I built a $5,000 Raspberry Pi server (yes, it's ridiculous)

When I heard about Radxa's Taco—a Raspberry Pi Compute Module 4-powered NAS/router-in-a-box—I knew what must be done.

Load it up with as much SSD storage as I can afford, and see what it can do.

Raspberry Pi CM4 Taco NAS with 48 TB of SSD storage

And after installing five Samsung 870 QVO 8TB SSDs and one Sabrent Rocket Q NVMe SSD—loading up every drive slot on the Taco to the tune of 48TB raw storage—I found out it can actually do a lot! Just... not very fast. At least not compared to a modern desktop.

What can it do?

Well, for starters, ZFS on the Pi is now easy. I wrote an entire ZFS-on-Pi guide here; you install the Pi kernel headers, then apt install zfs-dkms zfsutils-linux and you're on your way.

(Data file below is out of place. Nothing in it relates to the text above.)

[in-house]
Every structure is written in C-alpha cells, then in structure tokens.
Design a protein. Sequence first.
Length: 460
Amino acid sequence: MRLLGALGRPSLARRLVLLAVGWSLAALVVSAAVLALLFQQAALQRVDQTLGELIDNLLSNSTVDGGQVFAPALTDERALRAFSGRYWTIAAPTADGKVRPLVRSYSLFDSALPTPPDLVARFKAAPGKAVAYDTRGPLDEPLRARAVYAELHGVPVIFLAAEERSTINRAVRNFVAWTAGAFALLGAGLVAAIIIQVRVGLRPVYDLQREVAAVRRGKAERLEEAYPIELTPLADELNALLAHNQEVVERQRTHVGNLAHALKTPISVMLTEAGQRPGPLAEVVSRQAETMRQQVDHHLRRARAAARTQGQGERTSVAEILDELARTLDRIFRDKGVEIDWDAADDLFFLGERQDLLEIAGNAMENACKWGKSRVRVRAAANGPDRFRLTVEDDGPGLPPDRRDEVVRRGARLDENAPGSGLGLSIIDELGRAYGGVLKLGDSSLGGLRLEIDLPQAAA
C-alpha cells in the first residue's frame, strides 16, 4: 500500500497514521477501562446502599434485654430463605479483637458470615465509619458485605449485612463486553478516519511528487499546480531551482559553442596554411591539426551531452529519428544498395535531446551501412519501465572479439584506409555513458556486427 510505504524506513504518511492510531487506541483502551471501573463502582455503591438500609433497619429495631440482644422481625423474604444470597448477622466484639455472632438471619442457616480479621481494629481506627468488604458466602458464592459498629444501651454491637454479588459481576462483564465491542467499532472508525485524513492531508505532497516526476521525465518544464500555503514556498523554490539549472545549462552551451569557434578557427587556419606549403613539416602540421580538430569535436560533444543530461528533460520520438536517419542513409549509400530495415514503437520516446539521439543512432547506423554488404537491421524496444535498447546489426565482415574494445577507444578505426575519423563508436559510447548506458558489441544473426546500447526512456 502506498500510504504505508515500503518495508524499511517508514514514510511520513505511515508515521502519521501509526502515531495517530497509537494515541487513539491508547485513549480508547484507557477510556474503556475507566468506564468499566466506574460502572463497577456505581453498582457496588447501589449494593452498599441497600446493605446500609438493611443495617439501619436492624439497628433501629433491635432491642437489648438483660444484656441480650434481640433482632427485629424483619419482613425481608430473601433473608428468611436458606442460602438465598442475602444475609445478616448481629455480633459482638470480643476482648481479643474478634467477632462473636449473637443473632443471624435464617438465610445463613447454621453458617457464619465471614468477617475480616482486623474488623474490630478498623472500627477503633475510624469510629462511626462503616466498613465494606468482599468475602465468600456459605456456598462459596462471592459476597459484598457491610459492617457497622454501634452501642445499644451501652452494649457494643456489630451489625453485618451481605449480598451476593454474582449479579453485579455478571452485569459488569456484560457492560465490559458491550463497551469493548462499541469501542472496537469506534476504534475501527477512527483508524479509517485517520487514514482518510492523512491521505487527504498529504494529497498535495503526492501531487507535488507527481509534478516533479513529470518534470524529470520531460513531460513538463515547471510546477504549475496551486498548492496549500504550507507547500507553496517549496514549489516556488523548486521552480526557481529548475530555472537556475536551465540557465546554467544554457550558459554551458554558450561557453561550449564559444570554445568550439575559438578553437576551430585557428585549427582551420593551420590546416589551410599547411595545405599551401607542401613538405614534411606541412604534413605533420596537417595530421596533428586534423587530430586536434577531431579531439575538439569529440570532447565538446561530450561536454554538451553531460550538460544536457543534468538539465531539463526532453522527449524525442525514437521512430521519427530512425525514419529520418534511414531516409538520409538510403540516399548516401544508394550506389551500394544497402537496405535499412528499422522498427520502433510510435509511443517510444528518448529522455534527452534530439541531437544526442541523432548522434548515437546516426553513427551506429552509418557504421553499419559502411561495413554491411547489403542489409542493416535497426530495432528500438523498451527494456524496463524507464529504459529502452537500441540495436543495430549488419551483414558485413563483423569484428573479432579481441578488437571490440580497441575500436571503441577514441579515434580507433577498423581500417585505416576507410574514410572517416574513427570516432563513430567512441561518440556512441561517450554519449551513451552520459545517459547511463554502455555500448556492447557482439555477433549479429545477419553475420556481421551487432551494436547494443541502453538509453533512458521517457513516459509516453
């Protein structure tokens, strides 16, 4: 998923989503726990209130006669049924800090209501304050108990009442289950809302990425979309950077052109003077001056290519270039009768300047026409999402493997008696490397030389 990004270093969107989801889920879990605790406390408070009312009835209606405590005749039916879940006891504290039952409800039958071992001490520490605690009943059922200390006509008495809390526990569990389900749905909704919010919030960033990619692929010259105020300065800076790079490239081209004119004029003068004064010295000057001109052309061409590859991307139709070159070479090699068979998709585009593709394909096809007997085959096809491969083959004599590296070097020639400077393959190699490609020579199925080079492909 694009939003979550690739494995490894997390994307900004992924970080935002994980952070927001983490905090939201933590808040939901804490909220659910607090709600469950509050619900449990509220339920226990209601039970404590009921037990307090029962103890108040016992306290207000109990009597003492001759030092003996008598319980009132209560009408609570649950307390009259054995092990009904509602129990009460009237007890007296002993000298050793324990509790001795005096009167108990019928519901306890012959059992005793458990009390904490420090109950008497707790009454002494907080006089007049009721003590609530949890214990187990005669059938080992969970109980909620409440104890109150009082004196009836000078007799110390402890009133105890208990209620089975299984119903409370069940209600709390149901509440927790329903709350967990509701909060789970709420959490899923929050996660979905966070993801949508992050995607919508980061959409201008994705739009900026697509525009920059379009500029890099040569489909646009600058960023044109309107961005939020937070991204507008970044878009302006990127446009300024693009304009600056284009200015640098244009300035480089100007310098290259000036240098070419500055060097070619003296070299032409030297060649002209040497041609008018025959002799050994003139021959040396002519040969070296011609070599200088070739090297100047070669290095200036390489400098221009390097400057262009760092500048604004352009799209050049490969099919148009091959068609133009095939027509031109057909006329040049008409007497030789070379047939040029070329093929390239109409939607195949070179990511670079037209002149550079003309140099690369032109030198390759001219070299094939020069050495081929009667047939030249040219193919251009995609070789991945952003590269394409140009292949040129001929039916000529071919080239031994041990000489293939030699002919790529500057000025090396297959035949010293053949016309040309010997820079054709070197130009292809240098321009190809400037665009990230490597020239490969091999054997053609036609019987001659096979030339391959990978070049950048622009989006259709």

HTGWA: Create a ZFS RAIDZ1 zpool on a Raspberry Pi

This is a simple guide, part of a series I'll call 'How-To Guide Without Ads'. In it, I'm going to document how I set up a ZFS zpool in RAIDZ1 in Linux on a Raspberry Pi.


ZFS does not enjoy USB drives, though it can work on them. I wouldn't really recommend ZFS for the Pi 4 model B or other Pi models that can't use native SATA, NVMe, or SAS drives.

For my own testing, I am using a Raspberry Pi Compute Module 4, and there are a variety of PCI Express storage controller cards and carrier boards with integrated storage controllers that make ZFS much happier.

I have also only tested ZFS on 64-bit Raspberry Pi OS, on Compute Modules with 4 or 8 GB of RAM. No guarantees under other configurations.

Installing ZFS

Since ZFS is not bundled with other Debian 'free' software (because of licensing issues), you need to install the kernel headers, then install two ZFS packages: